Immutable storage to the ransomware rescue

September 10, 2021
Today’s columnist, Denis Kennelly of IBM’s Storage Division, outlines the company’s strategy for immutable storage – technology he says can help companies more effectively manage ransomware attacks. (Photo by Ethan Miller/Getty Images)
  • Isolation. Isolate and separate the data from the rest of the network via snapshots and backups. Security teams can isolate or air-gap through logical means by utilizing capabilities like secure snapshots and backups. We have a technology that creates secure snapshots that are not accessible by the host system, protecting it from corruption. Companies can isolate the data by storing it offline on a different media like tape storage.
  • Immutability. Ensure the company stores data in a secure isolated recovery environment. This prevents any attacker, external or internal, from changing or deleting data. Write Once, Read Many (WORM) technologies, as well as secure snapshot solutions offer proven retention capabilities.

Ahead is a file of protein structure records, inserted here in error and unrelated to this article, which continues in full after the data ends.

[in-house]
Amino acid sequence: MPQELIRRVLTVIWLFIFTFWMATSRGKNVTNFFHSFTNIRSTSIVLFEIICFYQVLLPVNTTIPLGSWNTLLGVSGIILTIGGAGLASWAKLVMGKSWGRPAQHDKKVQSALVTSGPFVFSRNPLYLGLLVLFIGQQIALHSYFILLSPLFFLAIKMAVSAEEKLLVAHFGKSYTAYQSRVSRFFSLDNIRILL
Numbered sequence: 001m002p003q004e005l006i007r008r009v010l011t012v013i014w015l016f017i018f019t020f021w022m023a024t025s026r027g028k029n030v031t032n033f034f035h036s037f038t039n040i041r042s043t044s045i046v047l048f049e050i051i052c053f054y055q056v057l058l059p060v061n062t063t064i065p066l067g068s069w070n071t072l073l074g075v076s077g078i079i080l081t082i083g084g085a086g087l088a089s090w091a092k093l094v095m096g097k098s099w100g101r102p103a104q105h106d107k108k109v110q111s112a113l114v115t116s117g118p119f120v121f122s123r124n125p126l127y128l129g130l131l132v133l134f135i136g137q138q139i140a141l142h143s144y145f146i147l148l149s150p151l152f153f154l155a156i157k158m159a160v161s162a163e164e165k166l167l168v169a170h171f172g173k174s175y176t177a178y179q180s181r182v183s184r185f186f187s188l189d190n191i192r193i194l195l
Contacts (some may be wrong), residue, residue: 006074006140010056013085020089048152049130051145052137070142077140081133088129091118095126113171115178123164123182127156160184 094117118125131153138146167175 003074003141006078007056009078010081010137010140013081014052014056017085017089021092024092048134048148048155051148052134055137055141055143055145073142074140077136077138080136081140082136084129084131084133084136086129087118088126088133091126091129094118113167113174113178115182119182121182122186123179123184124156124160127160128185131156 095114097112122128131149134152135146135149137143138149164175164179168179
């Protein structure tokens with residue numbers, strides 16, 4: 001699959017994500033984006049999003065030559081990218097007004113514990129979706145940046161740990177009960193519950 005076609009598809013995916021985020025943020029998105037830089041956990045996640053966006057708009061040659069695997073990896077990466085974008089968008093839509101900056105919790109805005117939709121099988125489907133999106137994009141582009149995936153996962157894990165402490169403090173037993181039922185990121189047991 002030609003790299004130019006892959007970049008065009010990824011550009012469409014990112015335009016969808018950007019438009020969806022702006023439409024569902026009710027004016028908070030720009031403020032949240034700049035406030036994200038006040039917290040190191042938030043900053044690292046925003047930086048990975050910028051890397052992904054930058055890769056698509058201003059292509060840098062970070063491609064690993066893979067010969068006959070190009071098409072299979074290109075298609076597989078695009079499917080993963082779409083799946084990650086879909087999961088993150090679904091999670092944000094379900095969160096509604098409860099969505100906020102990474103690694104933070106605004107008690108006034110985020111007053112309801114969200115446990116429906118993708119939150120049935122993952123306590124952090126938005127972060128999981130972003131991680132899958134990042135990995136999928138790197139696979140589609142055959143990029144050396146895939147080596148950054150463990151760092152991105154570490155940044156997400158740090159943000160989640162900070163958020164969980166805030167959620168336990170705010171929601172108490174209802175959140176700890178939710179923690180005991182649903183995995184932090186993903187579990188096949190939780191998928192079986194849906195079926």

• Recovery time. It’s often overlooked, but system recovery time is an important capability of any data resilience framework. How fast can the organization recover from a ransomware attack? While tape excels at isolation and immutability of backup data, it can take hours and sometimes days to fully recover the data to the pre-attack state. For organizations that can’t afford any downtime, look for high-performing data storage solutions, such as flash-based systems. After that, ensure that uninfected and logically isolated copies of the data are as close to the source dataset as possible to shorten the data transfer distance and create an even faster recovery relationship.
  • Simplicity. It’s increasingly critical that organizations ensure that access to backup data is simple, quick, and easy. For starters, this speeds testing recovery procedures and backup validation. The quicker companies can get data into an isolated environment following a ransomware attack, for example, the faster they can find a valid recovery point from which to restore.
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